Once your recovery is underway you will probably be advised to rehabilitate and strengthen your shoulder.

Shoulder exercises are the key to this and I have developed a complete program for you that you can order by clicking the link below.

—>CLICK HERE to order your complete Shoulder Exercise Program to quickly and easily help relieve your shoulder pain<—



What is the Best Treatment For Dislocated Shoulder?

A study recent study (Jakobsen et al, 2007) that compared the long term results following surgical and conservative treatment strategies for primary shoulder dislocations found that surgical repair produced better results, with better long term prognosis.

According to the results of the study after 2 years, about 56% of the dislocated shoulder patients had recurrence following conservative management. Only 3% of those who underwent surgical correction experienced a recurrence.

The best treatment for dislocated shoulder will depend on the nature of the dislocation and other pateint specific factors, but it is worth noting the impressive results that shoulder surgery achieved in this study.

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What is a Dislocated Shoulder?

The most mobile joint in the body that allows the arm to move in many directions is the shoulder joint. This ability to move makes the shoulder joint inherently unstable and the most often dislocated joint in the body.

The head of the humerus or the upper arm bone sits in the glenoid fossa, which is an extension of the scapula, or shoulder blade. There is a need to maintain stability because the glenoid fossa is so shallow, other structures within and surrounding the shoulder joint.

Within the joint, the labrum, a fibrous ring of cartilage which extends from the glenoid fossa, providing a deeper receptacle for the humeral head. The capsule tissue that surrounds the joint also helps maintain stability, while the rotator cuff muscles that move the shoulder also provide a significant amount of protection for the shoulder joint.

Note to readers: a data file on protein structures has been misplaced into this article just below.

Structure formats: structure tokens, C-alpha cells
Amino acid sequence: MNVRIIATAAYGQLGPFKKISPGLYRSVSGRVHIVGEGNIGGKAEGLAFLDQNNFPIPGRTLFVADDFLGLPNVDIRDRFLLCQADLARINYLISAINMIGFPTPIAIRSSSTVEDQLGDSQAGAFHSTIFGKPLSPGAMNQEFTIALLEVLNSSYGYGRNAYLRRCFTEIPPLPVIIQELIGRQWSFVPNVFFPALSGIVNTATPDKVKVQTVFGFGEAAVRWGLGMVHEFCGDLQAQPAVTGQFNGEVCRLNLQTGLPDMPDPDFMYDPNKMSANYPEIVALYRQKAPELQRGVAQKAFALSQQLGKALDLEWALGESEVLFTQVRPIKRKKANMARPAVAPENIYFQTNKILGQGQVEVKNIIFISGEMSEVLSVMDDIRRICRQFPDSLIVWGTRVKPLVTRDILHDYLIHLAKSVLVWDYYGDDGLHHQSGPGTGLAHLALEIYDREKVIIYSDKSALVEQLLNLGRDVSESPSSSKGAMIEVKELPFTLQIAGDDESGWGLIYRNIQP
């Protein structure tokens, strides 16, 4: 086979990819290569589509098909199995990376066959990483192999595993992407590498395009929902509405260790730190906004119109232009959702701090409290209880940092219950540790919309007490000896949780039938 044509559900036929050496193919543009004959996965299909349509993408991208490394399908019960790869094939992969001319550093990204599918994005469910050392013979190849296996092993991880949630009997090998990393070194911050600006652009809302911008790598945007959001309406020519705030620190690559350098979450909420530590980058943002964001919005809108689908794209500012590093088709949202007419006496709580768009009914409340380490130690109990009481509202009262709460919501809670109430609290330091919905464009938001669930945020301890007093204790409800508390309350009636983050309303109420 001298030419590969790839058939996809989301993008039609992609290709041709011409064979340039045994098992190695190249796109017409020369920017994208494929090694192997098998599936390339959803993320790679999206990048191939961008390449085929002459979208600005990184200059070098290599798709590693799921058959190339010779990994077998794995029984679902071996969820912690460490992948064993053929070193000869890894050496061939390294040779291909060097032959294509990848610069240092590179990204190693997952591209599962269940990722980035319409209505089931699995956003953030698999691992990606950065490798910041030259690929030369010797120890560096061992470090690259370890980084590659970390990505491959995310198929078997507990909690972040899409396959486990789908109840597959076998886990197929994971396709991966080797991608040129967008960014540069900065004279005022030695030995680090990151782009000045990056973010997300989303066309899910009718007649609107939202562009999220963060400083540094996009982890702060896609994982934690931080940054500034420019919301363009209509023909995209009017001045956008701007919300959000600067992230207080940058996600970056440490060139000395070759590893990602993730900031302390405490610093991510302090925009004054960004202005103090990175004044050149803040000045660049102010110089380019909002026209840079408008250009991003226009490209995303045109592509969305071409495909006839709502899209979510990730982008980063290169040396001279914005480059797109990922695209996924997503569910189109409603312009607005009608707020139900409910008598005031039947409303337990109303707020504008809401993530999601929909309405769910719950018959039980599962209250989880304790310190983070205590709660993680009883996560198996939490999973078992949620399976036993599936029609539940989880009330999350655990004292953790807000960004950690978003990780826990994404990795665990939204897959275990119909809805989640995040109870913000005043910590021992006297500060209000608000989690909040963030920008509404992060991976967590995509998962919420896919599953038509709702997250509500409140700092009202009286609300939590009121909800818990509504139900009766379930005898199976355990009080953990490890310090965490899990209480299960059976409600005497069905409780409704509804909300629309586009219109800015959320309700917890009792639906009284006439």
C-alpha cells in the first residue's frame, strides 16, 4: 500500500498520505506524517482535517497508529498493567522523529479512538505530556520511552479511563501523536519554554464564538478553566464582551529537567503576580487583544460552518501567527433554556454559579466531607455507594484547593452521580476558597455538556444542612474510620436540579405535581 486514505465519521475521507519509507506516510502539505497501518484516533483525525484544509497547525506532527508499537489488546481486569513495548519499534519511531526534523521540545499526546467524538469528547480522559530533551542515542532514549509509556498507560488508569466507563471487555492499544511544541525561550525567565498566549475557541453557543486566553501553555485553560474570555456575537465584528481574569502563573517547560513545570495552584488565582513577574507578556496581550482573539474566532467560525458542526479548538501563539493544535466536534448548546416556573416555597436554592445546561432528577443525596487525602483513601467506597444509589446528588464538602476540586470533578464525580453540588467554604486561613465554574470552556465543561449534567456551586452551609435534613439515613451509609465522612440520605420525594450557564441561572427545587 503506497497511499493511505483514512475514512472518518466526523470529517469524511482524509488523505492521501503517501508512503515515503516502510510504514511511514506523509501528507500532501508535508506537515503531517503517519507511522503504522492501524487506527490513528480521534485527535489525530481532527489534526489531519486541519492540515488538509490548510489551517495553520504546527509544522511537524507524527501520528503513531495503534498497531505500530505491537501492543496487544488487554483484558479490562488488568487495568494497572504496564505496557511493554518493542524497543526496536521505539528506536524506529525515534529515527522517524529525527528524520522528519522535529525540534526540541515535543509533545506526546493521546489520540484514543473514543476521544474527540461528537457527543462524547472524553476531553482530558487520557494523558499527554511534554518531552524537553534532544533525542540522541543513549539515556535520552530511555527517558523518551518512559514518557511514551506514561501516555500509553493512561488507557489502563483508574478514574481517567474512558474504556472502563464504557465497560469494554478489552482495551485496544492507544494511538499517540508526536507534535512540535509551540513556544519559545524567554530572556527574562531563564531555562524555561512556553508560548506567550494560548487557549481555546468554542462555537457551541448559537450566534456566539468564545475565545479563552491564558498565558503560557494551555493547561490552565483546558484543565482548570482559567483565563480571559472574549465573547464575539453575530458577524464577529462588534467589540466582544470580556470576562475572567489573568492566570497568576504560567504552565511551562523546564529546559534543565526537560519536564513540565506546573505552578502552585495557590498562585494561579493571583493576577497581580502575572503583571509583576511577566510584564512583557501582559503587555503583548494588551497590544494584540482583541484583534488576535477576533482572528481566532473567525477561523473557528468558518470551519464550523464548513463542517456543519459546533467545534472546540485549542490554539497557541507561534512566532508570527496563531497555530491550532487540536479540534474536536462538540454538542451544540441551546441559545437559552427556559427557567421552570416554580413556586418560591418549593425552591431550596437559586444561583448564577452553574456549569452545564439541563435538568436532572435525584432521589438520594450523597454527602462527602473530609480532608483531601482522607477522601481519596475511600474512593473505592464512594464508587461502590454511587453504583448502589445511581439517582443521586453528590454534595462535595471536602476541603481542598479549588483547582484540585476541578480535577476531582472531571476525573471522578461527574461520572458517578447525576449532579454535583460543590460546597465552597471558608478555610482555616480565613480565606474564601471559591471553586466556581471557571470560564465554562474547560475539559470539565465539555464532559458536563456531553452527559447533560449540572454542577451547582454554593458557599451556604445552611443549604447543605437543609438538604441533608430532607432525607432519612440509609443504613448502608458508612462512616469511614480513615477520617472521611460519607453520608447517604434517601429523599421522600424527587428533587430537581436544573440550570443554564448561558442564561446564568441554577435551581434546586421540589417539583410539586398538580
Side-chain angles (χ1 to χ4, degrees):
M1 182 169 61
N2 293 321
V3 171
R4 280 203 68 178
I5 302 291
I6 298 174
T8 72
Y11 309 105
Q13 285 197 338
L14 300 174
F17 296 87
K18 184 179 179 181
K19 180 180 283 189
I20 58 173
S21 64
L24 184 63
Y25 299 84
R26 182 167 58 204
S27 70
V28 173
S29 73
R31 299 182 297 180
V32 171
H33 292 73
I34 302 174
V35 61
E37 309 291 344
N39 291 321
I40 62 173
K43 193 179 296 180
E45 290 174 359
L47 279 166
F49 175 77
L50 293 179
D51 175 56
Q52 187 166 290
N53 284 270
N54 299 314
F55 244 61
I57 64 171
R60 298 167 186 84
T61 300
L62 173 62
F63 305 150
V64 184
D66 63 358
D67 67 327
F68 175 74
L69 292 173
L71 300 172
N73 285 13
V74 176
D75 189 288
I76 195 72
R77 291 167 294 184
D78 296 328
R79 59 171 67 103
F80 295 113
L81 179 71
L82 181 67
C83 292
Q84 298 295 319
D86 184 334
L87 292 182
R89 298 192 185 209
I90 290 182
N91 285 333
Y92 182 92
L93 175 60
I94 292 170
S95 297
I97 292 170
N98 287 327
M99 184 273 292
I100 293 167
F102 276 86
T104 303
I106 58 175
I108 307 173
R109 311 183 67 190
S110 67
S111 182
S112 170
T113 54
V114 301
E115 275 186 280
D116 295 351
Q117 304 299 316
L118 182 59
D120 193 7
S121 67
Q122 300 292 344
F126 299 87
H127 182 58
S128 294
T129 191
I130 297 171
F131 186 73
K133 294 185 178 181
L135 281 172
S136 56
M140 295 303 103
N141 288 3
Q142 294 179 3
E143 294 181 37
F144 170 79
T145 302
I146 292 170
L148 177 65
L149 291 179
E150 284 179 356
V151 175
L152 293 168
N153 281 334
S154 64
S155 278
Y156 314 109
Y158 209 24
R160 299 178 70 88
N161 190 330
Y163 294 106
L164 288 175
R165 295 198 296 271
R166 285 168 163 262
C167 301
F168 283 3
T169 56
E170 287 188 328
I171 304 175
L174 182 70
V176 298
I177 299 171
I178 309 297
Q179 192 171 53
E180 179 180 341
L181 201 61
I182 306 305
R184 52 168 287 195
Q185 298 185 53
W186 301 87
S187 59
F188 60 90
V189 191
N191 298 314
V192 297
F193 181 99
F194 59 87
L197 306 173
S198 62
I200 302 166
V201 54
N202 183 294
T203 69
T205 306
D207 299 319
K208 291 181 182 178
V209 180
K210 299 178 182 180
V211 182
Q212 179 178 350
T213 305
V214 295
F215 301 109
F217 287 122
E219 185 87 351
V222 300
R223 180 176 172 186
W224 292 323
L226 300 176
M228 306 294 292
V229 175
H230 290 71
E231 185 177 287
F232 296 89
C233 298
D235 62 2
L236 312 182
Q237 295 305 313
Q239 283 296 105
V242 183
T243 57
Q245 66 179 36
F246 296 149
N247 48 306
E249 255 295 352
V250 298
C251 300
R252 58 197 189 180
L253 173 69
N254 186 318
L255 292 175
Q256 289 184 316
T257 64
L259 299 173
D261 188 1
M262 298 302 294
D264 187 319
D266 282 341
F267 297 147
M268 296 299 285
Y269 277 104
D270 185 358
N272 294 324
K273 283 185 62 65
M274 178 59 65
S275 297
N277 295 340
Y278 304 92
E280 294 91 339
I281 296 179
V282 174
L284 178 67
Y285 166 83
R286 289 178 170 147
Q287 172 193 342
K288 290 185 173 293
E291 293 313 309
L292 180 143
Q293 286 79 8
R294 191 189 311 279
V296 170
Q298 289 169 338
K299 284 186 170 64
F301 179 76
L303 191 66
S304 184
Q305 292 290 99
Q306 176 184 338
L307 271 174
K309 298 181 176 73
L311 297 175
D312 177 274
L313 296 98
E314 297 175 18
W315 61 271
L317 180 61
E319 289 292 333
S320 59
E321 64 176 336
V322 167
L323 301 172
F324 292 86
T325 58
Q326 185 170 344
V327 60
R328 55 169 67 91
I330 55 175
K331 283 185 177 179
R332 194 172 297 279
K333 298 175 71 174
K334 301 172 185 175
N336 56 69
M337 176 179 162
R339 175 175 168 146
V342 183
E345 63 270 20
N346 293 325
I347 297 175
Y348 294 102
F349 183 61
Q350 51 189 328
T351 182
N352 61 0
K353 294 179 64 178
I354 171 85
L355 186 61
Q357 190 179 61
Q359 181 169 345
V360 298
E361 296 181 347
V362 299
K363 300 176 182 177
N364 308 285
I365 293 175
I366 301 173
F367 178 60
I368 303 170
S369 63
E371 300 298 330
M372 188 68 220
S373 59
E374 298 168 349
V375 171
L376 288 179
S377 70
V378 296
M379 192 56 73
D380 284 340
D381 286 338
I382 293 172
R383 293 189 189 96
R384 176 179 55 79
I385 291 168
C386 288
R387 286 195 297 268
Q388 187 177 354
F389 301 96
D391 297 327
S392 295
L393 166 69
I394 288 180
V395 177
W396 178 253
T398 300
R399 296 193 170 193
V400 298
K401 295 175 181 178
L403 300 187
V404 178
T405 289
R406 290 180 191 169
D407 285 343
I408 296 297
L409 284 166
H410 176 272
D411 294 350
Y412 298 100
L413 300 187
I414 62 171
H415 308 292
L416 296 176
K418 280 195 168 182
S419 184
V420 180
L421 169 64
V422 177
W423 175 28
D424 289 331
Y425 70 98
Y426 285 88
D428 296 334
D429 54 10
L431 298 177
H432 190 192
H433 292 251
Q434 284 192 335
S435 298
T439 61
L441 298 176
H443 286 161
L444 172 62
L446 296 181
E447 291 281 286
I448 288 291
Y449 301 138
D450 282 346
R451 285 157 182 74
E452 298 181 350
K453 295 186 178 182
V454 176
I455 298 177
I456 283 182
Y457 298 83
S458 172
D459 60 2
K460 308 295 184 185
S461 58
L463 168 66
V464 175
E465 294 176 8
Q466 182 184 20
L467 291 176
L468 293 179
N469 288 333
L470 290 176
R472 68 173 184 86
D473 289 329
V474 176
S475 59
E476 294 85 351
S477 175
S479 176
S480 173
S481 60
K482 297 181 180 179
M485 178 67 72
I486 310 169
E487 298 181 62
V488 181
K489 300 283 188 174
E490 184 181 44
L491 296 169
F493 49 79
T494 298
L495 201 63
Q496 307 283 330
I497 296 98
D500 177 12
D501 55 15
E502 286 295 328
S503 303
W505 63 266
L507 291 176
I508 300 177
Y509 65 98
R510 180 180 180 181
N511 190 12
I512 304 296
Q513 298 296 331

Shoulder Dislocation
When the head of the humerus is dislocated from its socket dislocations of the shoulder occur. Dislocations in younger people tend to arise from trauma and are often associated with sports or falls, while older patients are prone to dislocations because of gradually weakening of the ligaments and cartilage that supports the shoulder.

Anterior Dislocation
When the shoulder is in a vulnerable position anterior dislocations often occur. A common example is when the arm is held over the head with the elbow bent, and a force is applied that pushes the elbow backward and levers the humeral head out of the glenoid fossa. This scenario can occur with throwing a ball or hitting a volleyball. Anterior dislocations also occur during falls on an outstretched hand. An anterior dislocation involves external rotation of the shoulder; that is, the shoulder rotates away from the body.

Posterior Shoulder Dislocation
Posterior dislocations are uncommon. They are often associated with specific injuries like lightning strikes, electrical injuries, and seizures. On occasion, this type of dislocation can occur with minimal injury in the elderly, and often the diagnosis is missed in this case.

Dislocated Shoulder Treatment
Putting a dislocated shoulder back in place can be difficult and painful. Painkillers or anesthetic may be required. Specific exercises for dislocated shoulder and general shoulder strengthening may be recommended by your doctor or physical therapist.

Protect your Shoulder from Impact Injuries

If you play impact sports, you are at a higher risk of sustaining severe injury to the shoulder. Such injury includes Shoulder dislocation, acromioclavicular joint separation or dislocation, and rotator cuff tearing.

Wearing shoulder supports and sports protection can help cushion the blow from impact injuries like a rugby tackle. Of course if the impact is high enough, damage may still be sustained. But you might just help reduce the impact.

It is best to maintain as much shoulder strength as possible as this helps to stabilise the shoulder joint and protect against dislocation.